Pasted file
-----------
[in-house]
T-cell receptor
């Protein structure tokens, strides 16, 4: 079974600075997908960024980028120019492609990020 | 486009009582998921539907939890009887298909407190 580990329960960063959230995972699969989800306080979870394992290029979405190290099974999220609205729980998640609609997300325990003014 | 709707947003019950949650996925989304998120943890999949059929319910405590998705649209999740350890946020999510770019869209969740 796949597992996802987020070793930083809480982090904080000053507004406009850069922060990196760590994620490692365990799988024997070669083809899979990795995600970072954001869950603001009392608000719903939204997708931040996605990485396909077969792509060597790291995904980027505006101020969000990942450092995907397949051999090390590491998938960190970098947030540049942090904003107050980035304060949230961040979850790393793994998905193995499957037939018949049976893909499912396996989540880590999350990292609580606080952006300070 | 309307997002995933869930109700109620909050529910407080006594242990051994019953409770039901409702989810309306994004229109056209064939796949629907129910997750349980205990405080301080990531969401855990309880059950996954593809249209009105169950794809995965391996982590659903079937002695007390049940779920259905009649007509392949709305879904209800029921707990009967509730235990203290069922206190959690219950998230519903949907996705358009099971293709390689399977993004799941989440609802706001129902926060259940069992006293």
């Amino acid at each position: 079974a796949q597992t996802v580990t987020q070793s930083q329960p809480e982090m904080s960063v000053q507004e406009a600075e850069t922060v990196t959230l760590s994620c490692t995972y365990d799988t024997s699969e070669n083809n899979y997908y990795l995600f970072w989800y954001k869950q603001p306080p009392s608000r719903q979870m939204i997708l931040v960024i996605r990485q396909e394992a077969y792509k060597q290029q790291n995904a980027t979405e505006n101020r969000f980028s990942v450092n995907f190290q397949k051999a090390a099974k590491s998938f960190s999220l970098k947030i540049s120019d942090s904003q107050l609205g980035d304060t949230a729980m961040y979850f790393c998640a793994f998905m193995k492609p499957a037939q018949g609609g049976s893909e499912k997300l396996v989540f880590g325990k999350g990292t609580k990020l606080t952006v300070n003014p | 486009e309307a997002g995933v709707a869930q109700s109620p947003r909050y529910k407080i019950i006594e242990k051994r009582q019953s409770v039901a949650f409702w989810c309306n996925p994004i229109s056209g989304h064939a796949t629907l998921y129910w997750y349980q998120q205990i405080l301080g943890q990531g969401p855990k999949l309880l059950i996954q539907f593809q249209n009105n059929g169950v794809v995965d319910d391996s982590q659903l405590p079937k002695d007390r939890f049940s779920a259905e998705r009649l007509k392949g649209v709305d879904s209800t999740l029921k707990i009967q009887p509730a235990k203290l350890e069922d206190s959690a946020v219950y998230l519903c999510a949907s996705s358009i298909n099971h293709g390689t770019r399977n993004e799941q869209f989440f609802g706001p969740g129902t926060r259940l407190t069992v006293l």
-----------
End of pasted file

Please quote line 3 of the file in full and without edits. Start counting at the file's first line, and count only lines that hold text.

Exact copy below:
């Protein structure tokens, strides 16, 4: 079974600075997908960024980028120019492609990020 | 486009009582998921539907939890009887298909407190 580990329960960063959230995972699969989800306080979870394992290029979405190290099974999220609205729980998640609609997300325990003014 | 709707947003019950949650996925989304998120943890999949059929319910405590998705649209999740350890946020999510770019869209969740 796949597992996802987020070793930083809480982090904080000053507004406009850069922060990196760590994620490692365990799988024997070669083809899979990795995600970072954001869950603001009392608000719903939204997708931040996605990485396909077969792509060597790291995904980027505006101020969000990942450092995907397949051999090390590491998938960190970098947030540049942090904003107050980035304060949230961040979850790393793994998905193995499957037939018949049976893909499912396996989540880590999350990292609580606080952006300070 | 309307997002995933869930109700109620909050529910407080006594242990051994019953409770039901409702989810309306994004229109056209064939796949629907129910997750349980205990405080301080990531969401855990309880059950996954593809249209009105169950794809995965391996982590659903079937002695007390049940779920259905009649007509392949709305879904209800029921707990009967509730235990203290069922206190959690219950998230519903949907996705358009099971293709390689399977993004799941989440609802706001129902926060259940069992006293």